Demonstrating arborists at this station:

Tree Specialists, Inc.,  Holliston, MA

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The Massachusetts Arborists Association workshop on September 10, 2009, took place on a sunny, cool day at the Mass. Hort. Society’s headquarters at Elm Bank in Wellesley, MA.

Quite a few arborists and other landscape professionals attended the workshop, which began with slide talks and then moved outside to field demonstrations.

Quite a few arborists and other landscape professionals attended the workshop, which began with slide talks and then moved outside to field demonstrations.

This workshop focused on root issues, with demonstrations of what some of those issues are — conflicts with utility lines, the effects of poor growing and planting practices, decline due to compacted and poor soils, and inappropriate tree locations — and how they may be remedied.

Rolf Briggs and Tree Specialists set up shop at a couple of different stations to show how they use air tools both to decompact soils and to excavate utility trenches near trees.  The demonstrating arborists first discussed protective equipment, and showed what  they use when they employ air tools:  We watched as they put on respirators, helmets with face masks, ear protection, gloves, and either foul weather gear or jumpsuits — all necessary to protect from the great quantities of dust, soil, and stones blowing into the air.

To protect the surrounding area from flying detritus, Mike Hickman of Tree Specialists set up plywood or screen barriers around his work zone.  I’ve seen plain plywood sheets used; the Tree Specialist guys have figured out that hinging several sheets together makes for a sturdier barrier, a good thing if you’re using air tools with any regularity in anything but a wide-open landscape.

Hinged plywood panels keep the dust contained to the area around a trench.

Hinged plywood panels keep the dust contained to the area around a trench.

When it's necessary to dig a trench near a tree, air tools can do the job while preserving the tree's roots.  You can see roots crossing this trench, but plenty of space beneath them for a new conduit or line.  This trench was blown out with an air spade, and rocks and excess loose material after the blowing-out removed by hand.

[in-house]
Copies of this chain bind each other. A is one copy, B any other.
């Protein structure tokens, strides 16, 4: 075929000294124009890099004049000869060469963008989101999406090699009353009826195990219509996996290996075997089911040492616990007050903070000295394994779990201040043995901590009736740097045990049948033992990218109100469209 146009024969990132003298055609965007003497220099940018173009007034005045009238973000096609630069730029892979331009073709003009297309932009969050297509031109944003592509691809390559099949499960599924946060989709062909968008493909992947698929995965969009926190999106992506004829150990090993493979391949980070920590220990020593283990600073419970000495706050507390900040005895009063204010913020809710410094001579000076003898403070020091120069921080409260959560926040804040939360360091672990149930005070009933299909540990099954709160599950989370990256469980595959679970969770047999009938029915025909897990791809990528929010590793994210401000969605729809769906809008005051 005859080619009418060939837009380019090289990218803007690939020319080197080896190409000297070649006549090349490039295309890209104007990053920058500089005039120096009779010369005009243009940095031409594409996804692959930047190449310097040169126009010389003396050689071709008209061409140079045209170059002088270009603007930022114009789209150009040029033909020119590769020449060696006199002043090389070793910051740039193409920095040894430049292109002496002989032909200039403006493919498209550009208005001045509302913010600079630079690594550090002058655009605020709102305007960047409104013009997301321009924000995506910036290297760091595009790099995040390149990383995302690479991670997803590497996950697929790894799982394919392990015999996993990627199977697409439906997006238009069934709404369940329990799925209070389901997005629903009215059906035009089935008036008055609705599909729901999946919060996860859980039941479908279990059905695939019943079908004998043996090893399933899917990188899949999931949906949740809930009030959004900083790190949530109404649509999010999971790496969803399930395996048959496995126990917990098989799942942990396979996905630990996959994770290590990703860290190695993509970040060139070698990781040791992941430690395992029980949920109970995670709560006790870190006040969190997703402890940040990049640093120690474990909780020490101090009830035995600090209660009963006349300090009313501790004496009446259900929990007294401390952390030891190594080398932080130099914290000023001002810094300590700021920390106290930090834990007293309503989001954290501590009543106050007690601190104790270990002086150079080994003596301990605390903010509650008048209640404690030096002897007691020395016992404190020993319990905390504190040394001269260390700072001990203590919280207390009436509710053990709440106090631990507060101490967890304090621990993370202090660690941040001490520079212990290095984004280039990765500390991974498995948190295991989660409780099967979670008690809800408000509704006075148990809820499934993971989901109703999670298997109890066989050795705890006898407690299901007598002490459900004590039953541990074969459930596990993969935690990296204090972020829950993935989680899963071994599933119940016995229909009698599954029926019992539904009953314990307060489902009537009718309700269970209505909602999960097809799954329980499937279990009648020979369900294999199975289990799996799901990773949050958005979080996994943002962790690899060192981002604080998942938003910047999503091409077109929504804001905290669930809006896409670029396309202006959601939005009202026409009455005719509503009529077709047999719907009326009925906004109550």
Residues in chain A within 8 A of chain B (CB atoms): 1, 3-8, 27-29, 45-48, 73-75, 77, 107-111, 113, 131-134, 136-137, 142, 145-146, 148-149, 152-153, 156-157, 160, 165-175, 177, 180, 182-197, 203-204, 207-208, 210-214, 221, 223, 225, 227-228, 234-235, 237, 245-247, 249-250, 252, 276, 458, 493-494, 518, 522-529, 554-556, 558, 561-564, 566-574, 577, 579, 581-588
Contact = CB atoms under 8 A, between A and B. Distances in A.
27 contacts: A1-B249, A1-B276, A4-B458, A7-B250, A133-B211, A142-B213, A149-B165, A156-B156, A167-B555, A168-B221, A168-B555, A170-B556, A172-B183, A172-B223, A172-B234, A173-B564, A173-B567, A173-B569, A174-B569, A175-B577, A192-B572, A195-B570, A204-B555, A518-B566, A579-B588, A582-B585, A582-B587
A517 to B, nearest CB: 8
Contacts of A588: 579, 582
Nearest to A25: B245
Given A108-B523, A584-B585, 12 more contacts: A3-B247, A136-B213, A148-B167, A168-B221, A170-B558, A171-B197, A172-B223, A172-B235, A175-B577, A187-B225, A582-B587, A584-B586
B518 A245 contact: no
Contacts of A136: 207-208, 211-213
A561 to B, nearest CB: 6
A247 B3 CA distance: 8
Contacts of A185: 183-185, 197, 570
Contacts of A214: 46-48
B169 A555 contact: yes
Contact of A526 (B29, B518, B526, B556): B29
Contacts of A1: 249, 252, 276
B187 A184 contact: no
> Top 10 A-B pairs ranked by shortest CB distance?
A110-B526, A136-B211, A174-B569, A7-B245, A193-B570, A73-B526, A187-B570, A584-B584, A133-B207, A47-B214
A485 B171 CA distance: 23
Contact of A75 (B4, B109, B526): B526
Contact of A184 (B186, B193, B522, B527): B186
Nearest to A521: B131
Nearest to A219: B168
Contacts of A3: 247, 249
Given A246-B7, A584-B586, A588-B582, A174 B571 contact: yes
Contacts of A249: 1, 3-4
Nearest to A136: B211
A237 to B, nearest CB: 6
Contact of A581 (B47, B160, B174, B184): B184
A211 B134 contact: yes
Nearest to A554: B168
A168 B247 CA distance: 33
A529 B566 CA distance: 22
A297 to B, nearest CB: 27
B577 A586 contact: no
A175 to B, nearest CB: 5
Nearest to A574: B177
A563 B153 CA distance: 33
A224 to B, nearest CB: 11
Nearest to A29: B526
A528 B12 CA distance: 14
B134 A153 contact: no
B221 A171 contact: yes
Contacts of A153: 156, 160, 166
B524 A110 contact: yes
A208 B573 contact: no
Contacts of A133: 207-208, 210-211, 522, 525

When it's necessary to dig a trench near a tree, air tools can do the job while preserving the tree's roots. You can see roots crossing this trench, but plenty of space beneath them for a new conduit or line. This trench was blown out with an air spade, and rocks and excess loose material after the blowing-out removed by hand.

The power of compressed air will break up soil move it out of the way; it can also damage roots to some extent, by blowing root bark or feeder roots entirely away.  When using an air tool, experienced operators keep the nozzle moving to limit this kind of damage, and whenever possible (definitely not always possible in trenching work), they direct the air flow parallel to the direction of major root growth, away from the base of the tree.

Note the plywood barrier inside the trench as well, to focus the air blast and prevent soil from blowing into a previously blown-out section.

Note the plywood barrier inside the trench as well, to focus the air blast and prevent soil from blowing into a previously blown-out section.

Blowing out the trench.  This air tool is a new product that uses an auxiliary stream of water to help keep the roots hydrated and the dust down.  Tree Specialists is assessing this new feature.

Blowing out the trench. This air tool is a new product that uses an auxiliary stream of water to help keep the roots hydrated and the dust down. Tree Specialists is assessing this new feature.

After blowing out a utility trench, Tree Specialists simply returns the native soil to the excavated area.  They may add some amendments such as lime or humates, if they have already had soil tests done that indicate the need for such amendments.  And to mulch the area once excavation and backfilling are complete, they have developed a proprietary mix of chipped and composted wood fibers (mainly from tree parts 3″ and less in diameter), twigs, and leaves.  They use this same mix in their soil decompaction process, and note benefits to the trees from its use.

Mike Hickman pointed out that air tools break down soil aggregates and so obliterate soil structure in the area blown out.  This breakdown can be considered a disadvantage of using compressed air for excavation; in Mike’s words, “Destruction of some of the soil aggregates I see as a “con,” but proper horticultural practices such as mulching and site specific amendments effectively mitigate these cons.”

Demonstrating arborist at this station:

Mike Hickman, Tree Specialists, Inc., Holliston, MA